I may have come across to such readership as this blog may have as a bit, in terms of the usual nomenclature, conservative and traditional. You know, one of those confessional types, all red hymnal, "historic" (read, the one used for more or less 1,500 years until we all starting acting like Rome still ran the show and jumped on their new one) lectionary, and like that.
Our midnight service is like this. It's written and done by the teen group, yes with pastoral input, but it's theirs. They write it, they do it. There's Christmas hymns, responsive prayer and all, and the feature is a play they write and perform. This year's illustrated how the Christmas story gets kind of warped in our minds with all the hustle and bustle of the world in general and what it makes of Christmas in particular. It had a guy telling the Christmas story, all wrong -- my favourite was when the angel announced the sign would be a brand new Wal-Mart -- with the players enacting the mistelling, someone in the back shouting "That's not what happened", a voice-over correcting it, and the players re-assembling to enact the real thing, throughout the story, then after the play the Luke nativity account was read. No clergy, no liturgy, certainly not the first mass of Christmas and not at midnight but 11pm. It ends with the congregation in a circle with candles, singing Silent Night.
I love it. We go every year. The first time we went, it was the first time we attended the parish and the first time I attended an LCMS church not to be at someone's wedding or funeral but to worship -- which, being an elder in WELS at the time, isn't something I was supposed to do! I went hoping for the first mass of Christmas and maybe even a little German here and there. And got this instead -- and it was just fine. Still is. We started coming back. We joined. I've stayed too, even though typical worship is the LW version of what is now DS1 in LSB and the blasted three-year lectionary is used, wannabe Vatican II For Lutherans. And here on one of the biggest events in the church year, a play by the youth group not the first mass of Christmas. Why, you'd think a guy like me would be livid, or at least ready to rumble at the next voter's meeting! But I'm not. Go every year, rather than to the regular Christmas services we also have. I love it, our teens in the middle of the night telling the story of Christ's birth in this way. But hey, as they used to say where I grew up, don't tella nobody!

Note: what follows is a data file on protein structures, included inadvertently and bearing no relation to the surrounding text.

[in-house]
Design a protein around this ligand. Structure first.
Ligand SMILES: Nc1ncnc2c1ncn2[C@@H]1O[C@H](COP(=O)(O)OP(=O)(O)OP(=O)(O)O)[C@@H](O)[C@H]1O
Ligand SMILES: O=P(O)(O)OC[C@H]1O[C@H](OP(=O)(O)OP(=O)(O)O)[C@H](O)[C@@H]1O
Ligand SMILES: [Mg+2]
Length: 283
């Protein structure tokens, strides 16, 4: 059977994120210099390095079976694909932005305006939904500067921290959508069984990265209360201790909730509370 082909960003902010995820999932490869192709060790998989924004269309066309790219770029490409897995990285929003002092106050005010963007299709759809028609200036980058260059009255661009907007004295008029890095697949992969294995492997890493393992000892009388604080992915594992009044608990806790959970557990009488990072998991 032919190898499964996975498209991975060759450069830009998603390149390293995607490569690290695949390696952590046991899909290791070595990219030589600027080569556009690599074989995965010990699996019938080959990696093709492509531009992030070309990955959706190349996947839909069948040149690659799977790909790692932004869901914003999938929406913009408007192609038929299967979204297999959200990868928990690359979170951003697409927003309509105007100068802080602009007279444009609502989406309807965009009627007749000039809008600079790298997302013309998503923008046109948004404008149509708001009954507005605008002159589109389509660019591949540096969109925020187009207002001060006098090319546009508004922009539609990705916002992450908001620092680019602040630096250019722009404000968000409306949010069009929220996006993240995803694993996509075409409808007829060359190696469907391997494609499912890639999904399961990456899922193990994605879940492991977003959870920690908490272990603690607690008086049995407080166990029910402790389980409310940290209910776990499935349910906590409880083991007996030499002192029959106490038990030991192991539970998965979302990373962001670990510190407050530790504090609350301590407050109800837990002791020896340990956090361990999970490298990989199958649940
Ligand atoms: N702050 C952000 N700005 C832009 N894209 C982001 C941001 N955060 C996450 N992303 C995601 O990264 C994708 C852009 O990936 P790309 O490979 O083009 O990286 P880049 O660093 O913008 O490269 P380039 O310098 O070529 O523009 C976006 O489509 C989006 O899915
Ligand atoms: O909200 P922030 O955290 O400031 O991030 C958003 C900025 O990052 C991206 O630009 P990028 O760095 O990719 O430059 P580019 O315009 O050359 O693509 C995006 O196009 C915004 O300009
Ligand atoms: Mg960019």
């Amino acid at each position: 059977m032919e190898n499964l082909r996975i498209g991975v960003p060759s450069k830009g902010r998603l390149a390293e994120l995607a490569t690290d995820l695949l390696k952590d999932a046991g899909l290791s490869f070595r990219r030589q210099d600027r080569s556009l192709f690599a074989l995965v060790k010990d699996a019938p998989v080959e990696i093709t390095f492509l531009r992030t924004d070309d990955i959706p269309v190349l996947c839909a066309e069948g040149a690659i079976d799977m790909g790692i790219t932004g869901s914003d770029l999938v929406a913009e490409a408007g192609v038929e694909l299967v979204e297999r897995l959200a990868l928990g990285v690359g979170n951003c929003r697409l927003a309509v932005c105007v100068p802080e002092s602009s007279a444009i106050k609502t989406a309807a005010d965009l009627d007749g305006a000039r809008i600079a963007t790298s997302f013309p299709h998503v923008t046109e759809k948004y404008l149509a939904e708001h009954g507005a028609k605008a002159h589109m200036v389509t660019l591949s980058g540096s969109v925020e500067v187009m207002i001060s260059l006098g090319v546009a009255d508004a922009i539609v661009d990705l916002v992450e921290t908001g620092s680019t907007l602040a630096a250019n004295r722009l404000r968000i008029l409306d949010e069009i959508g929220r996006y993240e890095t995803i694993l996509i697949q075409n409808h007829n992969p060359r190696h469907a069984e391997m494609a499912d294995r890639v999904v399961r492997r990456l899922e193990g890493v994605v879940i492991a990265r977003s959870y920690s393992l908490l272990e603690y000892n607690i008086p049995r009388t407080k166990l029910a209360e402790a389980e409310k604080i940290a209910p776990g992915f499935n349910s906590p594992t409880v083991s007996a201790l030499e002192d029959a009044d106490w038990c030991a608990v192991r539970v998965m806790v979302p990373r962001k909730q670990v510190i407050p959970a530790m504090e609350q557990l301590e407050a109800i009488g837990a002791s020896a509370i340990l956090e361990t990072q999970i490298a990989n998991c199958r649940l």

And speaking of the Vatican, I don't waste my time watching "Midnight Mass" from the Vatican any more like I used to before God put the Lutheran church in my path, hoping just maybe to find I was wrong and the Catholic Church still is the Catholic Church and everything's OK, only to see once again it isn't and having no idea what to do or where to go except to wait for another, to borrow a phrase. There was a link about it on the start page when I booted up, so I clicked on it. Looks like the birth of Christ who was born to die so that we could die to live was proclaimed so unambiguously that the press went on about the environmental concern that seems to be becoming a characteristic of the current papacy. Yeah, I know, the press doesn't get religion let alone Christianity, and they don't. Still, those Apostles from whom these guys claim to be in succession managed to proclaim that message so unambiguously that they got tossed in the slam for not shutting up about it or saying something else. I read where this year's Vatican nativity scene placed it in Joseph's home in Nazareth rather than a feeding trough -- that's what a manger is -- in a stable in Bethlehem. Roman officials explained this is to show Jesus is born everywhere for everyone.
Nice touch, Roman dudes. He WAS born for everyone -- in Bethlehem in a stable. He IS born in the hearts of believers everywhere -- which is the focus of the second mass of Christmas. How typically Roman. Tinker with the material and say you're making the same point. Guess what, mitred dudes, even when you are making the same point, the point comes with a story that doesn't need to be tinkered with to make the point, a story God chose. Leave it alone. Or rather, tell it. Oh well, I guess that's why there is a Lutheran church, so there can be the real catholic church.
I'll take the Youth Candlelight Service on Christmas Eve any day. Well, any Christmas Eve.
They told the story.
+ Johann Gerhard, Theologian + - 17 August AD 1637 [image: Johann Gerhard] Born 17 October 1582, Johann Gerhard, a Lutheran theologian in the tradition of Martin Luther (1483-1546) and Mar...
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